Obama urges 'major progress' this year on US-EU trade pact

WASHINGTON (AFP) - US President Barack Obama on Friday called for “major progress” in 2015 on a huge free trade agreement currently under negotiation between Washington and the 28-member European Union.

Obama also dismissed concerns that the controversial negotiations on the Transatlantic Trade and Investment Partnership (TTIP), as well as another key trade pact with Asian nations, would cause deep political fissures in the United States, saying the pacts would “absolutely” benefit American workers.

“Now that Congress is considering bipartisan legislation, TTIP negotiations need to make major progress this year,” Obama told a joint press conference alongside visiting Italian Prime Minister Matteo Renzi at the White House.

His comments came one day after senior US lawmakers reached a deal on legislation giving Obama “trade promotion authority” to conclude the landmark accords, with Congress ultimately voting up or down on them but without the ability to make changes.

Obama noted that the bipartisan legislation, which will face stiff opposition from many in his Democratic Party including senior senators, requires enforceable labor, environmental and human rights provisions.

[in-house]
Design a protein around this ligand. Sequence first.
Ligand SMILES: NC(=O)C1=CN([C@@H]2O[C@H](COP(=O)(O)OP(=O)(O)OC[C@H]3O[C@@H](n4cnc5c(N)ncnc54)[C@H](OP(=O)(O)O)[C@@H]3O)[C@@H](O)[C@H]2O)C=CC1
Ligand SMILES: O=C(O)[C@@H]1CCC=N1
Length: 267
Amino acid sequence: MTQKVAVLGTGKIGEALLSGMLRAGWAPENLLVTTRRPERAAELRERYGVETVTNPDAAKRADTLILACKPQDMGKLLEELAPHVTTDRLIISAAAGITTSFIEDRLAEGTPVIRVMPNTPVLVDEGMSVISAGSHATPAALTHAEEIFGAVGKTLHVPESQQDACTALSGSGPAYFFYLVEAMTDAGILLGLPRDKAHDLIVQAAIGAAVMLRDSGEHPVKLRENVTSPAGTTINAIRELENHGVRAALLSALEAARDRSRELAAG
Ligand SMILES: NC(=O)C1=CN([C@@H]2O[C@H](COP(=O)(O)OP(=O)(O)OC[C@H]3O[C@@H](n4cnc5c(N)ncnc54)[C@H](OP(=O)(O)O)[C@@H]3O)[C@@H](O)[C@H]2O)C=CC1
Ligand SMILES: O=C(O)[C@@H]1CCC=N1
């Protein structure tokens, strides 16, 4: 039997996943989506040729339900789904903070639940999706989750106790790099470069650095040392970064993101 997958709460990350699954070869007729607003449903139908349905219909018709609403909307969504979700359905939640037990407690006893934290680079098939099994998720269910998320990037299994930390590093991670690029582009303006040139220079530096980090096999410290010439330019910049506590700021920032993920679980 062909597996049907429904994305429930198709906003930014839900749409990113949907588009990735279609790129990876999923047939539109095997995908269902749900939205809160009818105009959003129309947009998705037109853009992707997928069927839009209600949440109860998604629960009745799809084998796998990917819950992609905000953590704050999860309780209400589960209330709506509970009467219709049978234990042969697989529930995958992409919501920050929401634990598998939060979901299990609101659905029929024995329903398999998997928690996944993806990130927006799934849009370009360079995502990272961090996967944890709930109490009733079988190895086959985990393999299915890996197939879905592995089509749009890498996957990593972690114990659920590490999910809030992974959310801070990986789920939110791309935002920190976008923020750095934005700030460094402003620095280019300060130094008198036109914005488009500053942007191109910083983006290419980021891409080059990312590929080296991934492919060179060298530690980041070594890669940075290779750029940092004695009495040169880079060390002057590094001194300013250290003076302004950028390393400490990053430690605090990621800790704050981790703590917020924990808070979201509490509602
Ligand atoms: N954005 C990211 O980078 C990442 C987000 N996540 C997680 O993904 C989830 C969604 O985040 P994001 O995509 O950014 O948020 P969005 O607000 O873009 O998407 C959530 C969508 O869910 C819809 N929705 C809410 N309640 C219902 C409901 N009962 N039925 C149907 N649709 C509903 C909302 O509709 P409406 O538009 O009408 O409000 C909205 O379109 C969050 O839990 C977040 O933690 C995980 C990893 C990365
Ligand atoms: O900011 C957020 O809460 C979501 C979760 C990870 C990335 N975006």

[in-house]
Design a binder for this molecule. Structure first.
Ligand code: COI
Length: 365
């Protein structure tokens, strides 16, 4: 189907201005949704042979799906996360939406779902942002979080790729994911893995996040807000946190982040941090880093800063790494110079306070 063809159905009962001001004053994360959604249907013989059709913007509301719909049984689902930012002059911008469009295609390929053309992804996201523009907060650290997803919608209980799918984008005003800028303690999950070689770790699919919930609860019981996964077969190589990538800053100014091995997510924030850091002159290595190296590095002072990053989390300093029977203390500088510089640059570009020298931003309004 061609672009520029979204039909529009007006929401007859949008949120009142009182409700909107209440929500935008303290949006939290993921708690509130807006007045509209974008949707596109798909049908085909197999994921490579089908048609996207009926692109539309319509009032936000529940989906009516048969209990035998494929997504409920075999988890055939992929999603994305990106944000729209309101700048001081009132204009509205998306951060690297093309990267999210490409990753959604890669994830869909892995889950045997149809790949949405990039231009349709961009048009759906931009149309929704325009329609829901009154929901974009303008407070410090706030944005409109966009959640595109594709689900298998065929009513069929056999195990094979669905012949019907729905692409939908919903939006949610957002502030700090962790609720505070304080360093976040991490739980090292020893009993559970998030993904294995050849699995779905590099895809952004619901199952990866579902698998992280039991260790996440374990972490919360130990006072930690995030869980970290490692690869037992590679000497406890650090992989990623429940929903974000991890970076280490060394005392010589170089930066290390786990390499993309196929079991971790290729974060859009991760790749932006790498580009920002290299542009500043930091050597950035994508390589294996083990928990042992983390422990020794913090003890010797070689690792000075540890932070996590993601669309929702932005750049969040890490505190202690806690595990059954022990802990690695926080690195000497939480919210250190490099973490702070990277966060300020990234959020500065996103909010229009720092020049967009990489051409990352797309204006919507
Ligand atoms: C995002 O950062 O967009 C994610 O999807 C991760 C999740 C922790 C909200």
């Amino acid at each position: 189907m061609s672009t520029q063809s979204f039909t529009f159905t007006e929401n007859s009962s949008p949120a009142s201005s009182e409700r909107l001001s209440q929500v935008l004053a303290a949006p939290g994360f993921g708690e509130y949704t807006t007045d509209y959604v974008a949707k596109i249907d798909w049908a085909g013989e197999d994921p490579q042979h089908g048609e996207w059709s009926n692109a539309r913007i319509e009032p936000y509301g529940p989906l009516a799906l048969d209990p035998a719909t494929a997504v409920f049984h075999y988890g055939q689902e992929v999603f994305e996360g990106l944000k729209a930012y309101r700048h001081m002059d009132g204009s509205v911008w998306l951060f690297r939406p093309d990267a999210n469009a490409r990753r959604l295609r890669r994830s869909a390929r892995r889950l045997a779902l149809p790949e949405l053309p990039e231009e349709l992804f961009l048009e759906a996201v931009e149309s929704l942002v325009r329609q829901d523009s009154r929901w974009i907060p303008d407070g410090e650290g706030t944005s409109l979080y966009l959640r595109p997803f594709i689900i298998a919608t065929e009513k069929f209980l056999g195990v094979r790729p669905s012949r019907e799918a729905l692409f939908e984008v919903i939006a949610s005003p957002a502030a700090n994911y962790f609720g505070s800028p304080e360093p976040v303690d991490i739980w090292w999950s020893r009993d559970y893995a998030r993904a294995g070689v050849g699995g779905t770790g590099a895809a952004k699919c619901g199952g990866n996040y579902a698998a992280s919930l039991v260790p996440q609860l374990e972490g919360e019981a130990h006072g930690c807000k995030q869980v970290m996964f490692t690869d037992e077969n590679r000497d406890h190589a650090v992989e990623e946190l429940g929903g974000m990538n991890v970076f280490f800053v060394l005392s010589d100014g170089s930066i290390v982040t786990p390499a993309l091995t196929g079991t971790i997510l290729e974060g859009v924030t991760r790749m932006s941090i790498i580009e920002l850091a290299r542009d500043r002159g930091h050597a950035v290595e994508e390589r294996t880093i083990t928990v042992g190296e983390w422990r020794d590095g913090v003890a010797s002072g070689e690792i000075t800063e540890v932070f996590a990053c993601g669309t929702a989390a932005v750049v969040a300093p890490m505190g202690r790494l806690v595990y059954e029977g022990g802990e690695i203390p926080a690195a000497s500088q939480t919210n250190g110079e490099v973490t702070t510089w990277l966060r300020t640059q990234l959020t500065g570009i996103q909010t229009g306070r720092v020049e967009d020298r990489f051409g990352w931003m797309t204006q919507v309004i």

“In many ways, this is the most far-reaching and progressive trade promotion authority we’ve seen going through Congress,” Obama said.

But he also warned that congressional failure to give him the so-called “fast-track” authority will allow countries such as China, without a long free-market tradition, to step in to write the world’s trade rules.

“The fastest growing markets, populace markets, are going to be in Asia,” he said, speaking of the Trans-Pacific Partnership under negotiation with 11 other Pacific nations, but not China.

“If we do not help to shape the rules so that our businesses and our workers can compete in those markets, then China will set up rules that advantage Chinese workers and Chinese businesses.